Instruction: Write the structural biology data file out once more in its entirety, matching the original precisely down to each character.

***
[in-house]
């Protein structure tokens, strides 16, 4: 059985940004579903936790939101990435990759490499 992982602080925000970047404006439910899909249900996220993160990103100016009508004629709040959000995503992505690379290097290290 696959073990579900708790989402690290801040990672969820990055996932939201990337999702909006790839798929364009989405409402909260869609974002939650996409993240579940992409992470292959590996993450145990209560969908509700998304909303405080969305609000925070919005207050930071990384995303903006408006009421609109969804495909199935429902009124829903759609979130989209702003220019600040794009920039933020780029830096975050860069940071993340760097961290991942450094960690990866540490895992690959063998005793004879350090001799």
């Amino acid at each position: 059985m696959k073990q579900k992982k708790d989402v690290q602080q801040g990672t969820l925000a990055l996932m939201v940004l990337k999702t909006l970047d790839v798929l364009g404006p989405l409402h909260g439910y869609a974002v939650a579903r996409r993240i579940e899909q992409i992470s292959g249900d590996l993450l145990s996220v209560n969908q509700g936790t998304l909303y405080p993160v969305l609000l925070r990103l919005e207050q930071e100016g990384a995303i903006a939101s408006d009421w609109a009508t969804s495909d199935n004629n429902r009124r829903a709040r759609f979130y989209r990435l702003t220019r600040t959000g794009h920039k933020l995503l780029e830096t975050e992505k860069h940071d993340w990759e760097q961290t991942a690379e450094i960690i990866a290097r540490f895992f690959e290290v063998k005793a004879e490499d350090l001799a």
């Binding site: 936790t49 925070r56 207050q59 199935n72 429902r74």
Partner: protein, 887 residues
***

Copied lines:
[in-house]
């Protein structure tokens, strides 16, 4: 059985940004579903936790939101990435990759490499 992982602080925000970047404006439910899909249900996220993160990103100016009508004629709040959000995503992505690379290097290290 696959073990579900708790989402690290801040990672969820990055996932939201990337999702909006790839798929364009989405409402909260869609974002939650996409993240579940992409992470292959590996993450145990209560969908509700998304909303405080969305609000925070919005207050930071990384995303903006408006009421609109969804495909199935429902009124829903759609979130989209702003220019600040794009920039933020780029830096975050860069940071993340760097961290991942450094960690990866540490895992690959063998005793004879350090001799």
């Amino acid at each position: 059985m696959k073990q579900k992982k708790d989402v690290q602080q801040g990672t969820l925000a990055l996932m939201v940004l990337k999702t909006l970047d790839v798929l364009g404006p989405l409402h909260g439910y869609a974002v939650a579903r996409r993240i579940e899909q992409i992470s292959g249900d590996l993450l145990s996220v209560n969908q509700g936790t998304l909303y405080p993160v969305l609000l925070r990103l919005e207050q930071e100016g990384a995303i903006a939101s408006d009421w609109a009508t969804s495909d199935n004629n429902r009124r829903a709040r759609f979130y989209r990435l702003t220019r600040t959000g794009h920039k933020l995503l780029e830096t975050e992505k860069h940071d993340w990759e760097q961290t991942a690379e450094i960690i990866a290097r540490f895992f690959e290290v063998k005793a004879e490499d350090l001799a």
């Binding site: 936790t49 925070r56 207050q59 199935n72 429902r74």
Partner: protein, 887 residues